Strawberry Tree - Marina Arbutus Information

Written by april sanders
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Strawberry Tree - Marina Arbutus Information
Arbutus trees have very thin, papery bark. (arbutus bark curls image by cullenphotos from Fotolia.com)

Marina arbutus is most likely a hybrid of the native Arbutus menziesii, or madroño tree, and another species of arbutus, according to the University of California. The plant is sometimes called the strawberry tree for its white-to-pink flowers and hanging, yellow or red fruit. The showy flowers bloom in late summer and last until early winter, when they are followed by the brightly-coloured fruit, making this tree an excellent choice for home gardeners who want a plant that will liven up the winter landscape.

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Size and Appearance

Marina arbutus trees are slow-growing, according to the University of California. These moderately-sized trees will reach a maximum height of only 40 feet and a canopy width of 30 feet. The trunk and branches, which reach upward, are covered with smooth, red bark, which peels to reveal a darker, reddish-brown wood underneath. The dark-green, glossy leaves can be as long as 5 inches. Newly uncurling leaves are an attractive, bright bronze colour.

Flowers and Fruit

The strawberry tree features clusters of pink and white flowers that hang vertically from the tree. The flowers develop around the previous year’s fruit, which remains on the tree until the new fruit develops. The fruit is round, and red or yellow in colour. It is also edible and tastes like a mixture of kiwis and strawberries, according to the University of California. The texture of the fruit is gritty.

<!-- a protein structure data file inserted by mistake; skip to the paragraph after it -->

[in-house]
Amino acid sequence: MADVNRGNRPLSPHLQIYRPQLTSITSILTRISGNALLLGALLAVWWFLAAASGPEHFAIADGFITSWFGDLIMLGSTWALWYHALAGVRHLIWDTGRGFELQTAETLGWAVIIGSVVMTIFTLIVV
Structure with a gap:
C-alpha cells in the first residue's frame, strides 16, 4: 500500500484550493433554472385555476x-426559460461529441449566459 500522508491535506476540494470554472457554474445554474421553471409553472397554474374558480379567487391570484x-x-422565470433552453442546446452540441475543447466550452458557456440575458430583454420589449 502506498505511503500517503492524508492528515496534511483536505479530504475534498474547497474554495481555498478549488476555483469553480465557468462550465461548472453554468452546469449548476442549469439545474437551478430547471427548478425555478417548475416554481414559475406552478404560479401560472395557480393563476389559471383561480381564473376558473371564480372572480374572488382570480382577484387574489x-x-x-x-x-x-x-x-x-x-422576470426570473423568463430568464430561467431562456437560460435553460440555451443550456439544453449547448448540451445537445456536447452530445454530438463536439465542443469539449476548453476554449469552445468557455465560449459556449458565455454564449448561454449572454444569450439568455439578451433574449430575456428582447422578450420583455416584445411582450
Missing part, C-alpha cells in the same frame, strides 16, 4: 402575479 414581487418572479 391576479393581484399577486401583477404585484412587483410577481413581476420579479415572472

Culture

Marina arbutus grows best in loamy, well-draining soil and in a location that receives full sun to partial afternoon shade. The tree can be purchased as a multitrunked or single-trunked specimen. Single-trunked trees should be staked during the first year or two of growth for added stability. Prune to thin out the dense foliage and branches, which will help control growth and also expose the rich colour of the bark.

Uses

Marina arbutus trees work well in a home garden due to their slow rate of growth, according to the University of California. They make excellent patio or specimen trees. The strawberry tree is also a good habitat tree. Birds seem to love the berries, never mind the gritty texture, and butterflies, bees and other insects love the nectar-producing flowers. Deer are also known to love this plant, so home gardeners who have a deer population might decide to plant something else instead, or protect the tree from hungry deer.

Problems

The strawberry tree is extremely hardy and almost trouble-free, according to the University of California. The one thing Marina arbutus will not tolerate, however, is overly wet, soggy soil. If the soil does not drain well, the tree will wilt and eventually die. Avoid planting Marina arbutus in places where flooding occurs or standing water collects.

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